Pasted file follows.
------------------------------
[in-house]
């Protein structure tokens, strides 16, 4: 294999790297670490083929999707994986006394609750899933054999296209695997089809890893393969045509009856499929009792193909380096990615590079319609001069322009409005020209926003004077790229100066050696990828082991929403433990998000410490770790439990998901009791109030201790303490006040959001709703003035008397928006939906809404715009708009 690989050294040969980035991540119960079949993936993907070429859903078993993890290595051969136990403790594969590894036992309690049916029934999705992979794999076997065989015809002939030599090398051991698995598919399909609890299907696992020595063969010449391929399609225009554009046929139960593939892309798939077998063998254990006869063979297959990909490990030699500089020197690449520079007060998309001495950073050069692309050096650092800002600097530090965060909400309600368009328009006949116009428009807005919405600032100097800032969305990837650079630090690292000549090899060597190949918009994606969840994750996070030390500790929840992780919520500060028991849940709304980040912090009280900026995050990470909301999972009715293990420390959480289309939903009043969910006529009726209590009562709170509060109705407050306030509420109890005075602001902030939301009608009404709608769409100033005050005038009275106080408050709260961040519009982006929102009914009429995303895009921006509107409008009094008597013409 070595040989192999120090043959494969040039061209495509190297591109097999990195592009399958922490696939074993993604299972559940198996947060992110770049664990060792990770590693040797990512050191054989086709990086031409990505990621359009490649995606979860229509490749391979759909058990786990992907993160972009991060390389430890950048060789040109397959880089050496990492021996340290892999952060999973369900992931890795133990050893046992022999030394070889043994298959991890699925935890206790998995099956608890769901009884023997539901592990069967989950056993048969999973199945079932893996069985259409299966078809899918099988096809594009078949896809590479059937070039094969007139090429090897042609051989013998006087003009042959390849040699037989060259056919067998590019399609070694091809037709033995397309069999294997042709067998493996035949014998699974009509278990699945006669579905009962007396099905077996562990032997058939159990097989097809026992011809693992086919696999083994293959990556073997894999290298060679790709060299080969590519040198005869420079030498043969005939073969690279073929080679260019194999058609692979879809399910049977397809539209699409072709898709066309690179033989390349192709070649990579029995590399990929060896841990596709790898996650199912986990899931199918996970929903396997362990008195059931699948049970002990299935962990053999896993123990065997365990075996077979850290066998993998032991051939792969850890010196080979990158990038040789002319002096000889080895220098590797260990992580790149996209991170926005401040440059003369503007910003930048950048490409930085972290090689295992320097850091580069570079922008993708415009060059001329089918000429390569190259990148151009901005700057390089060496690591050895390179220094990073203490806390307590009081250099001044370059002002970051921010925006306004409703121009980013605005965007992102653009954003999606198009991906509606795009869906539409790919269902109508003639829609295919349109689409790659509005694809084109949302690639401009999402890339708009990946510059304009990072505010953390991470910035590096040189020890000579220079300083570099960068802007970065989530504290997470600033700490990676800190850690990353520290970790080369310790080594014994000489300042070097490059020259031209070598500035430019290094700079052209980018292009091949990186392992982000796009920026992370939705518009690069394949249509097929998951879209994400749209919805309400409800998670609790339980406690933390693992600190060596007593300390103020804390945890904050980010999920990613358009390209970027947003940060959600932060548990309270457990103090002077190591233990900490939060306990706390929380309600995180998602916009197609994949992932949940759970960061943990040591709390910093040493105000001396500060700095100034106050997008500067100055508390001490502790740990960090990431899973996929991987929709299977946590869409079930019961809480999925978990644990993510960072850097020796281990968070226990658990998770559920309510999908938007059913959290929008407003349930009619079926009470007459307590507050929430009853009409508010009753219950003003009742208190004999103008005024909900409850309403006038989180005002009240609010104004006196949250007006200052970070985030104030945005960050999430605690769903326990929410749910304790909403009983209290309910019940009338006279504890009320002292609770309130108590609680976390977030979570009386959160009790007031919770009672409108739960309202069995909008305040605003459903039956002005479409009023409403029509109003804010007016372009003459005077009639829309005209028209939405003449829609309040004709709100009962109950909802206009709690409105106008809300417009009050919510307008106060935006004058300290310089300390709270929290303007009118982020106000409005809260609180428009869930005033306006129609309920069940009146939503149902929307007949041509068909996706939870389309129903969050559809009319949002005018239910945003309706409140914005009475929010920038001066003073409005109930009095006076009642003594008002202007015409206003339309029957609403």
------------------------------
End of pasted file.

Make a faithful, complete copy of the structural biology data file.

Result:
[in-house]
């Protein structure tokens, strides 16, 4: 294999790297670490083929999707994986006394609750899933054999296209695997089809890893393969045509009856499929009792193909380096990615590079319609001069322009409005020209926003004077790229100066050696990828082991929403433990998000410490770790439990998901009791109030201790303490006040959001709703003035008397928006939906809404715009708009 690989050294040969980035991540119960079949993936993907070429859903078993993890290595051969136990403790594969590894036992309690049916029934999705992979794999076997065989015809002939030599090398051991698995598919399909609890299907696992020595063969010449391929399609225009554009046929139960593939892309798939077998063998254990006869063979297959990909490990030699500089020197690449520079007060998309001495950073050069692309050096650092800002600097530090965060909400309600368009328009006949116009428009807005919405600032100097800032969305990837650079630090690292000549090899060597190949918009994606969840994750996070030390500790929840992780919520500060028991849940709304980040912090009280900026995050990470909301999972009715293990420390959480289309939903009043969910006529009726209590009562709170509060109705407050306030509420109890005075602001902030939301009608009404709608769409100033005050005038009275106080408050709260961040519009982006929102009914009429995303895009921006509107409008009094008597013409 070595040989192999120090043959494969040039061209495509190297591109097999990195592009399958922490696939074993993604299972559940198996947060992110770049664990060792990770590693040797990512050191054989086709990086031409990505990621359009490649995606979860229509490749391979759909058990786990992907993160972009991060390389430890950048060789040109397959880089050496990492021996340290892999952060999973369900992931890795133990050893046992022999030394070889043994298959991890699925935890206790998995099956608890769901009884023997539901592990069967989950056993048969999973199945079932893996069985259409299966078809899918099988096809594009078949896809590479059937070039094969007139090429090897042609051989013998006087003009042959390849040699037989060259056919067998590019399609070694091809037709033995397309069999294997042709067998493996035949014998699974009509278990699945006669579905009962007396099905077996562990032997058939159990097989097809026992011809693992086919696999083994293959990556073997894999290298060679790709060299080969590519040198005869420079030498043969005939073969690279073929080679260019194999058609692979879809399910049977397809539209699409072709898709066309690179033989390349192709070649990579029995590399990929060896841990596709790898996650199912986990899931199918996970929903396997362990008195059931699948049970002990299935962990053999896993123990065997365990075996077979850290066998993998032991051939792969850890010196080979990158990038040789002319002096000889080895220098590797260990992580790149996209991170926005401040440059003369503007910003930048950048490409930085972290090689295992320097850091580069570079922008993708415009060059001329089918000429390569190259990148151009901005700057390089060496690591050895390179220094990073203490806390307590009081250099001044370059002002970051921010925006306004409703121009980013605005965007992102653009954003999606198009991906509606795009869906539409790919269902109508003639829609295919349109689409790659509005694809084109949302690639401009999402890339708009990946510059304009990072505010953390991470910035590096040189020890000579220079300083570099960068802007970065989530504290997470600033700490990676800190850690990353520290970790080369310790080594014994000489300042070097490059020259031209070598500035430019290094700079052209980018292009091949990186392992982000796009920026992370939705518009690069394949249509097929998951879209994400749209919805309400409800998670609790339980406690933390693992600190060596007593300390103020804390945890904050980010999920990613358009390209970027947003940060959600932060548990309270457990103090002077190591233990900490939060306990706390929380309600995180998602916009197609994949992932949940759970960061943990040591709390910093040493105000001396500060700095100034106050997008500067100055508390001490502790740990960090990431899973996929991987929709299977946590869409079930019961809480999925978990644990993510960072850097020796281990968070226990658990998770559920309510999908938007059913959290929008407003349930009619079926009470007459307590507050929430009853009409508010009753219950003003009742208190004999103008005024909900409850309403006038989180005002009240609010104004006196949250007006200052970070985030104030945005960050999430605690769903326990929410749910304790909403009983209290309910019940009338006279504890009320002292609770309130108590609680976390977030979570009386959160009790007031919770009672409108739960309202069995909008305040605003459903039956002005479409009023409403029509109003804010007016372009003459005077009639829309005209028209939405003449829609309040004709709100009962109950909802206009709690409105106008809300417009009050919510307008106060935006004058300290310089300390709270929290303007009118982020106000409005809260609180428009869930005033306006129609309920069940009146939503149902929307007949041509068909996706939870389309129903969050559809009319949002005018239910945003309706409140914005009475929010920038001066003073409005109930009095006076009642003594008002202007015409206003339309029957609403």